By Kaitlyn Marshall
How can three seemingly different events have an impact on the fashion world? Well, with Hurricane Harvey, a total solar eclipse, and The Women’s March, we can anticipate their impact on the fashion and architectural world for years to come.
When it rains, it pours…love?
In August, Hurricane Harvey dumped 27 trillion gallons of water over Houston, causing many people to be in need of temporary shelter. When he finally departed, many were left without homes. Because of this substantial need to rebuild, people will have to purchase current furniture instead of the antiques they may have once treasured. Modern materials and styles will be prevalent into the future, as well as stronger foundations and higher elevations in housing. In the fashion world, Harvey plays a major role as well. Companies have already sold large quantities of t-shirts supporting Texas and relief efforts in Harvey’s aftermath. I have no doubt that we will continue to see Harvey’s tone shift from devastation to community love and support well into the future.
Total Eclipse of the Heart
A total solar eclipse enveloped the globe in mid-August, causing complete totality and darkness over sections of the United States. Portions of it could be seen all over the world, however, and we can anticipate the eclipse’s influence well into days to come. Knowing there’s a metallic trend already on its way this fall, we can expect the eclipse to play a role in the expansion of metallics and space-inspired looks with ease. On that day, many had their eyes on the sky, appreciating the beauty of Mother Earth and now the eclipse glasses are off, we look forward to a renewed interest in the “green movement” and resurgence in the popularity of eco-friendly products.
March on, Ma’am
Women have been in constant battle for equality throughout history. More recently, with this year’s presidential election outcome, many women weren’t happy with some of the things our now president has said in his past, and took a stand. Literally. Approximately 500,000 women gathered outside the nation’s capital building and many more in several other cities across the country that same day. Since that day, pinks and reds are now symbols of women’s empowerment. We can anticipate a surge of graphic tees with slogans such as “girl power,” “women’s rights are human rights,” and “feminist” emblazoned across them. Graphic tees are an easy way to project what you believe in, without even saying a word.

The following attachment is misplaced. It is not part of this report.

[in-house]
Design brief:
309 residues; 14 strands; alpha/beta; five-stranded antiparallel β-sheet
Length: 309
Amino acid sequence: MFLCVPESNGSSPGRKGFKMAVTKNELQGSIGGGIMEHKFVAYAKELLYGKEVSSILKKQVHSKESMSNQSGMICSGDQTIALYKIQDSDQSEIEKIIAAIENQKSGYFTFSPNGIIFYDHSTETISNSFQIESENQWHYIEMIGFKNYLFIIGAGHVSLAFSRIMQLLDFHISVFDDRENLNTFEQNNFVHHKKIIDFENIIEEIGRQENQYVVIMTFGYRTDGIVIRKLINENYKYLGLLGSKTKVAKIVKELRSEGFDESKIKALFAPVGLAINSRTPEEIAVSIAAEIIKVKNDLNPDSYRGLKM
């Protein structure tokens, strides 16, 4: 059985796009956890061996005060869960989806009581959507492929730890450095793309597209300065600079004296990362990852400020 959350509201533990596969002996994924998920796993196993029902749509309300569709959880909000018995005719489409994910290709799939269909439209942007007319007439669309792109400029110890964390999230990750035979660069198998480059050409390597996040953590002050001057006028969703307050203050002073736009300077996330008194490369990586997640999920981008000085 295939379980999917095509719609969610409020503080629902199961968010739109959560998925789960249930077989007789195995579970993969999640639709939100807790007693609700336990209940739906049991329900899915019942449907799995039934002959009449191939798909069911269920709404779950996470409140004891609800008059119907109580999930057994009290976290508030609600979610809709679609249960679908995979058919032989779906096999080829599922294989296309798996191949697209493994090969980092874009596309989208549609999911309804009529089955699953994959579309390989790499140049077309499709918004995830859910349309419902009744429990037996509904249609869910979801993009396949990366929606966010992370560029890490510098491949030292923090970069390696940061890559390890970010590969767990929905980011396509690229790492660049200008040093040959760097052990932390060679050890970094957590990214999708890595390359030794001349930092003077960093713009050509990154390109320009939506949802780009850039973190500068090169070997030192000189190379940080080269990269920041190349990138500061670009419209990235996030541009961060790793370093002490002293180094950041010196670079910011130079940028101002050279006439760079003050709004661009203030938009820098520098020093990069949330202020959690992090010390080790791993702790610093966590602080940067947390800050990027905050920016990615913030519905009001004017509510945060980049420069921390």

No matter what cause you choose to support, there’s always a way to show your love. Want to support Hurricane Harvey relief efforts? Buy from a small business that will send profits to Houston! Want to express your love for Mother Earth and the deep space she’s in? Use eco-friendly metallic eye shadows when going out with the girls! Want to claim solidarity with our 21st-century suffragettes? Do it while wearing reds, pinks, and graphic tees!
Support is always in style, sister! Fashion is communication, and you can show the world your values without ever saying a word.
Hurricane Harvey aftermath. (2017, August 28). Retrieved September 13, 2017, from http://www.cnn.com/specials/us/hurricane-harvey
Strickland, A. (2017, August 21). The total solar eclipse has come and gone. Retrieved September 14, 2017, from http://www.cnn.com/2017/08/21/us/us-total-solar-eclipse-day/index.html
Stuart, T. (2017, January 21). Inside the Historic Women’s March on Washington. Retrieved September 14, 2017, from http://www.rollingstone.com/politics/features/inside-the-historic-womens-march-on-washington-w462325
Mallonee, L. (2017, August 30). Photographers’ Stories of Hurricane Harvey’s Devastation. Retrieved September 12, 2017, from https://www.wired.com/story/photographers-harrowing-stories-of-harveys-destruction/
The Solar Eclipse: Highlights From Its Path Across the United States. (2017, August 21). Retrieved September 12, 2017, from https://www.nytimes.com/2017/08/21/science/solar-eclipse.html
Chira, S., Abrams, R., & Rogers, K. (2017, March 08). ‘Day Without a Woman’ Protest Tests a Movement’s Staying Power. Retrieved September 12, 2017, from https://www.nytimes.com/2017/03/08/us/a-day-without-a-woman.html